We’re halfway through the year and some self-care is in order. These books will give you pointers on how to do it
If you’re suffering the mid-year burnout, you need some self-care. Wellness coaches always remind us that it is okay to give yourself some rest. In fact, rest is necessary, and self-care an important part of success (or should we say sanity?). Here are books that will guide you on how to do it.
Year of Yes: How to Dance It Out, Stand In The Sun And Be Your Own Person By Shonda Rhimes
If you have not watched the TED talk by Shonda Rhimes, the creator of hit TV shows such as Scandal and Grey’s Anatomy, do yourself a favour and watch it. In it she talked about how she suffered burnout and stopped loving the work that she once desperately loved. To find that love again, she said “yes”. Yes and self-care in the same sentence? Isn’t self-care about boundaries and the word “no”? Well, her Yes, as she recounts in this book, was to the things that scared her. For a year, she did just that, and it was an eye-opening experience. The book will help you conquer your fears and help you say yes to the good things in your life, like saying yes to putting your smartphone away and playing with children and never missing a moment of love.
The Life-Changing Magic of Tidying: The Japanese Art of Decluttering And Organizing By Marie Kondo
Fact: Clutter, whether it is in your home, workspace, your email or mind, can create stress. It causes stress by making us feel anxious because you feel as if things are out of your control. It can also cause physical harm. The best thing you can do for yourself that will benefit both your physical and mental health, is clear out the clutter. And that’s where Marie Kondo comes in. In her book, she offers tips on how to clear the mess, organise your space, and store things using the KonMari method. This method ascribes to the philosophy that there is joy in tidying up and only keeping things that spark joy. If you’re looking at your messy home and wondering how or where to start or if you’ll ever finish tidying up, this book is for you.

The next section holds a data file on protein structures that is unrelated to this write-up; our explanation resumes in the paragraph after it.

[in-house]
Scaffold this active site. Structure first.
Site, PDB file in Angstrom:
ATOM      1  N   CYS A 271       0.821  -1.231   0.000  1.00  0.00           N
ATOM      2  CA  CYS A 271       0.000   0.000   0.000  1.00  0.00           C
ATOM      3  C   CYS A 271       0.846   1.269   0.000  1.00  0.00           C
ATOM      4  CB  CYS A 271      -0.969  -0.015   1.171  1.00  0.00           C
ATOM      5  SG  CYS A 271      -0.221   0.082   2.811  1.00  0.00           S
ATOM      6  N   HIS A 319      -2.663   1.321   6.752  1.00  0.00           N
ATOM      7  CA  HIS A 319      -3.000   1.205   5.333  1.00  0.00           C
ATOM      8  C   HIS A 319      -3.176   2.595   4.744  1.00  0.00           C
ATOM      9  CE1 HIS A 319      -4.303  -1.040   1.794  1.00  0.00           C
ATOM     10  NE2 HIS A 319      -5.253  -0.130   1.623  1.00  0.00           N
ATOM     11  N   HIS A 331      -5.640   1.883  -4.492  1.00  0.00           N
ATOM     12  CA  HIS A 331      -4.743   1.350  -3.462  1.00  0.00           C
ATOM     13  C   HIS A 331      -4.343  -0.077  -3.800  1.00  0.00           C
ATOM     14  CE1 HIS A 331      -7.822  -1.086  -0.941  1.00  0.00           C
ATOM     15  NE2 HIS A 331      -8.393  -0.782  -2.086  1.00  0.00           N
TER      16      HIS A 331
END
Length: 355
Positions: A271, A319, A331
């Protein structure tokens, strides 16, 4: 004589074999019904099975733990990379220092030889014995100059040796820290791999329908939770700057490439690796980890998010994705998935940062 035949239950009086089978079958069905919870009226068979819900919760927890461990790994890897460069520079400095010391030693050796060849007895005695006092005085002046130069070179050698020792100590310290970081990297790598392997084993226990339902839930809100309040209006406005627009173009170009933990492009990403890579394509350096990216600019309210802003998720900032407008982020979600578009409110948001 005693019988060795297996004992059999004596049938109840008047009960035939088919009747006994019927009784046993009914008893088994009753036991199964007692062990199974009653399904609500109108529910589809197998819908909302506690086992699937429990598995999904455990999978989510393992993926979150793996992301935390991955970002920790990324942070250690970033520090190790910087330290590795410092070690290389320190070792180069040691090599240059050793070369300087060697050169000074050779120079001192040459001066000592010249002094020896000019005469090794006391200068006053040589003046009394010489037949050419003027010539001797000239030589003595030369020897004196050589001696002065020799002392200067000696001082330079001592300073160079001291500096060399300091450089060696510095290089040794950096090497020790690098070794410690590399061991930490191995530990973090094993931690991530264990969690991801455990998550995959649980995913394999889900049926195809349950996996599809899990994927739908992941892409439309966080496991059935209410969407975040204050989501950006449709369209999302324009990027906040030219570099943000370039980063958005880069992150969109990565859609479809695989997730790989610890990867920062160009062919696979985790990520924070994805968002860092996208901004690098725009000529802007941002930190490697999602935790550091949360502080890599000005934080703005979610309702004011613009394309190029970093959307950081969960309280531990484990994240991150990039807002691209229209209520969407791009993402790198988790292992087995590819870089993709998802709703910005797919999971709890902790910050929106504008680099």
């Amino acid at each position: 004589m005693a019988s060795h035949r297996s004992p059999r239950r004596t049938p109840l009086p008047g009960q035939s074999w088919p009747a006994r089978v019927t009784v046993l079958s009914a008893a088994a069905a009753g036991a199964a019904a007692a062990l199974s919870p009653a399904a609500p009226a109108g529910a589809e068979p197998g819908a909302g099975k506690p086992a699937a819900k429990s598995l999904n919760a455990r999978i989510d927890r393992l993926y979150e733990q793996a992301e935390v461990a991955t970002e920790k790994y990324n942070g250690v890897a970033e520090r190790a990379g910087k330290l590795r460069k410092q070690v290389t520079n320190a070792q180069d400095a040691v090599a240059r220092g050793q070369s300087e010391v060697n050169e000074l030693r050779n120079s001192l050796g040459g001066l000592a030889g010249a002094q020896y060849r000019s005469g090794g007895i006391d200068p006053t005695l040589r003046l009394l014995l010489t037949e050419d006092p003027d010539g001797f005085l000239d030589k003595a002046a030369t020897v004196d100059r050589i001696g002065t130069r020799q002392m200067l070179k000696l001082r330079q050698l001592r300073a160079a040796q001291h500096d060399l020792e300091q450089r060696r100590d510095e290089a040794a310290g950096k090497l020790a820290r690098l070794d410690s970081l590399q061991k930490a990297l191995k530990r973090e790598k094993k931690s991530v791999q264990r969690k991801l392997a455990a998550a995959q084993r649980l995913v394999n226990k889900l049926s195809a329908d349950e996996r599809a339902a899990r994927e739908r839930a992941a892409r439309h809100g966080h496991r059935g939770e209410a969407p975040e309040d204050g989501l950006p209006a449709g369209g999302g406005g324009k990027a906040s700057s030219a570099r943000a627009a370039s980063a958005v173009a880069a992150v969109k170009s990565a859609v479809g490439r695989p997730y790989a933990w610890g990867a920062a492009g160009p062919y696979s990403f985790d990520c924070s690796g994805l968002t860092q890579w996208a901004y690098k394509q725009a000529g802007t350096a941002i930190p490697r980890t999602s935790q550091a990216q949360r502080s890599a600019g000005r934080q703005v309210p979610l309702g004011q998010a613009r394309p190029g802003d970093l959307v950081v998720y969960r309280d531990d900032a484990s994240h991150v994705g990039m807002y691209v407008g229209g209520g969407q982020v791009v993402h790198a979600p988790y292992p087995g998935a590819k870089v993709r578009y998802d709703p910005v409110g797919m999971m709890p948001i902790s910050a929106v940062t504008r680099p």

Tiny Beautiful Things: Advice on Love and Life From Dear Sugar By Cheryl Strayed
We all have days when we need to be reminded about the important stuff. Most of them are here in this book. You want advice about love? You want advice on how to forgive or ask for forgiveness? How to take care of yourself? How to go after the things you want? How to let go? And do you want them straight and true and not delivered in a cheesy way that will make you roll you eyes and not mourn the money you’ve spent on the book? Then trust us when we say you will get all that from Cheryl Strayed aka Sugar. A quote from the book that will give you one last push to get the book: “Forgiveness doesn’t sit there like a pretty boy in a bar. Forgiveness is the old fat guy you have to haul up a hill.” Sold? We hope so.
What If This Were Enough? Essays By Heather Havrilesky
What if someone told you that you already have what you need to change your life? We know you know that, but we tend to forget and think, if only I had more time then I would write that book or spend more time with my children; if only I had more money then I would start my business and travel more; if only I had the latest iPhone then I would be happy… and the list goes on. Renowned critic and columnist Heather Havrilesky reminds us in this collection of essays that shiny new toys aren’t what you necessarily need to change your life, and much more insights on how we get it wrong with change, success or even love. This book is especially for you if you think that self-care is a luxury you simply don’t have the time or money for.
The Disease to Please: Curing the People-Pleasing Syndrome By Harriet B. Braiker
If you suffer from people-pleasing syndrome, don’t be surprised if you constantly burnout – emotionally, physically, mentally. We don’t really blame you, though, some of us, especially women, were taught to be likable, and likability might be one of the things that led to the horrible affliction that is people-pleasing. You’re always doing the things other people expect you to do, always saying yes when you want or should say no, always putting people first and never thinking about yourself and when you do, you feel guilty about it. Well, it is time to stop and thank heavens for Harriet Braiker. She explains the price of being nice, and how you can say no without being rude and without feeling like you’re letting people down. She also offers an action plan that includes how to treat the addiction of approval (the thing that got you here in the first place) and taking care of yourself.
The Power of Now: A Guide to Spiritual Enlightenment by Eckhart Tolle
Did you know that thinking about the past and what could have been, or worrying about the future can be detrimental to your self-care intentions? You can’t change the past, and the best thing you can do is pick the lessons and use them to improve the present. You don’t know what the future holds, so why are you so anxious about it? Ruminating about the past and future can steal the joy from the things you presently have. There is power in living in the now as meditation teachers and science have proven, and this classic reminds you about the importance of living in the present and will give you pointers on how to do it.